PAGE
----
In any event, it is painfully obvious that the Town's failure to install the sewer lines did not deprive IPC's land of all economic value or even close to that. The district court determined that IPC's basis in the property was $407,000 (comprised of the $107,000 purchase price plus the "approximately $300,000" spent in preparing the land for use as an industrial park). See Front Royal VII, 922 F.Supp. at 1134-35. The fair market value of IPC's land without sewer service was $405,000. See id. at 1152. The math is simple. The outright diminution in value is less than one half of one percent. Even if the diminution be calculated from the fair market value of the land with the sewer service provided, which the district court determined to be $810,000, see id., the reduction is still only 50 percent. Not all regulatory deprivations amount to regulatory takings, and a regulatory deprivation that causes land to have "less value" does not necessarily make it "valueless."
Although not central to our determination, two additional aspects touched upon in Lucas support our decision. In discussing the "property interest" against which the loss of value is to be measured, the Court noted the unsettled distinction between a regulatory deprivation of all economically beneficial use of the burdened portion of a tract and a deprivation that results in the mere diminution in value of the tract as a whole. Lucas, 505 U.S. at 1016 n. 7, 112 S.Ct. at 2894 n. 7. The Court suggested, but did not decide, that the difficulties inhering in this distinction may be resolved by "how the owner's reasonable expectations have been shaped by the State's law of property — i.e., whether and to what degree the State's law has accorded legal recognition and protection to the particular interest in land with respect to which the takings claimant alleges a diminution in (or elimination of) value." Id. In this particular case, IPC had no reasonable expectation that Virginia's property law would recognize, let alone protect, a property interest in having sewer service provided by government.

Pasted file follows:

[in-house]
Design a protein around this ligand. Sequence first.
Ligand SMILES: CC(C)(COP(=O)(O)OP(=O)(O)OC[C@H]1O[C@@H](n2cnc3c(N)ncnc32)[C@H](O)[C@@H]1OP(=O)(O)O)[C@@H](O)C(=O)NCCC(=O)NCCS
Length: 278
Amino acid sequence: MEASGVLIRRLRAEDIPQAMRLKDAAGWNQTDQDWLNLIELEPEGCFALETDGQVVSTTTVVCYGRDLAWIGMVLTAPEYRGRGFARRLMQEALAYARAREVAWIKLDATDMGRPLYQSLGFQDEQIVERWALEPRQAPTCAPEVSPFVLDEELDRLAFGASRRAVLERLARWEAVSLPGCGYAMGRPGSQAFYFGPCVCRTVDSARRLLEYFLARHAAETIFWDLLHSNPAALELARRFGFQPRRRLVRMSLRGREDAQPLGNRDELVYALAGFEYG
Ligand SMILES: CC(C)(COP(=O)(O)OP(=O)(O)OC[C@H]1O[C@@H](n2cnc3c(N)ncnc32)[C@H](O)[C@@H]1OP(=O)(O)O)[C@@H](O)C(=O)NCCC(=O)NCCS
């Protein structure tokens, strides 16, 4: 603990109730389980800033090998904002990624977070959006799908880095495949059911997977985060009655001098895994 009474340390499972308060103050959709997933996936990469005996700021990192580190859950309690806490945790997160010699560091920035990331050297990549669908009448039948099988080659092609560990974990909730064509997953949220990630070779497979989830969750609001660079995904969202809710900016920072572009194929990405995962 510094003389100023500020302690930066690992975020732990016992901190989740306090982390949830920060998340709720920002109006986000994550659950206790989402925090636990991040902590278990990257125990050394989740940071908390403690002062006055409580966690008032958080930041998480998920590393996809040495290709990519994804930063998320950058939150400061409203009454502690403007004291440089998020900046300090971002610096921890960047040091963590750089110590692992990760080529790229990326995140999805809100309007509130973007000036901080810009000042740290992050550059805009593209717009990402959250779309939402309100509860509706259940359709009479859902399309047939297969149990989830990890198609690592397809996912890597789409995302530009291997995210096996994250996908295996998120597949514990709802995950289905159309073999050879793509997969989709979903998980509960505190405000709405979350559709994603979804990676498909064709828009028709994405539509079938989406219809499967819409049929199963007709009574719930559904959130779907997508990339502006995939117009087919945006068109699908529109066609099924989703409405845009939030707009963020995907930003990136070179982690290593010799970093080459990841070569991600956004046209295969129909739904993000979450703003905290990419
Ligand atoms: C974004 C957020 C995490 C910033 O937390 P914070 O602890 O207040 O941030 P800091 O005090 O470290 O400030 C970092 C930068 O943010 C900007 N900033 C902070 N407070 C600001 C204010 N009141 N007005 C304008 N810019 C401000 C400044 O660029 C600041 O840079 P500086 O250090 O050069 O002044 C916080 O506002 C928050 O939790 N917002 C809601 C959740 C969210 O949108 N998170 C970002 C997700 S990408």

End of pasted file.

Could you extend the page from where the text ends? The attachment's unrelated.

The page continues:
The Lucas Court also suggested that government could not sustain a confiscatory regulation that denies all economically beneficial use, without just compensation, unless the limitations effected by the regulation were already inherent in the title itself. Lucas, 505 U.S. at 1027, 1029, 112 S.Ct. at 2900-01. In other words, an owner cannot be prohibited a use, without compensation, where her title did not already contain an "implied limitation" on that use. Analogizing to the instant case, when IPC purchased its land in 1973 and 1974 and acquired its title, before annexation by the Town, it had no legitimate expectation that that land came with the public provision of sewer service. Instead, inherent in that title was the implied limitation that the owner would have to provide for its own water and sanitary waste disposal. This same factual basis also supports the conclusion that IPC did not suffer the defeat of its investment-backed expectations. When IPC purchased the land in 1973 and 1974, that investment could not have been backed by the expectation that its land would be provided with public sewer service.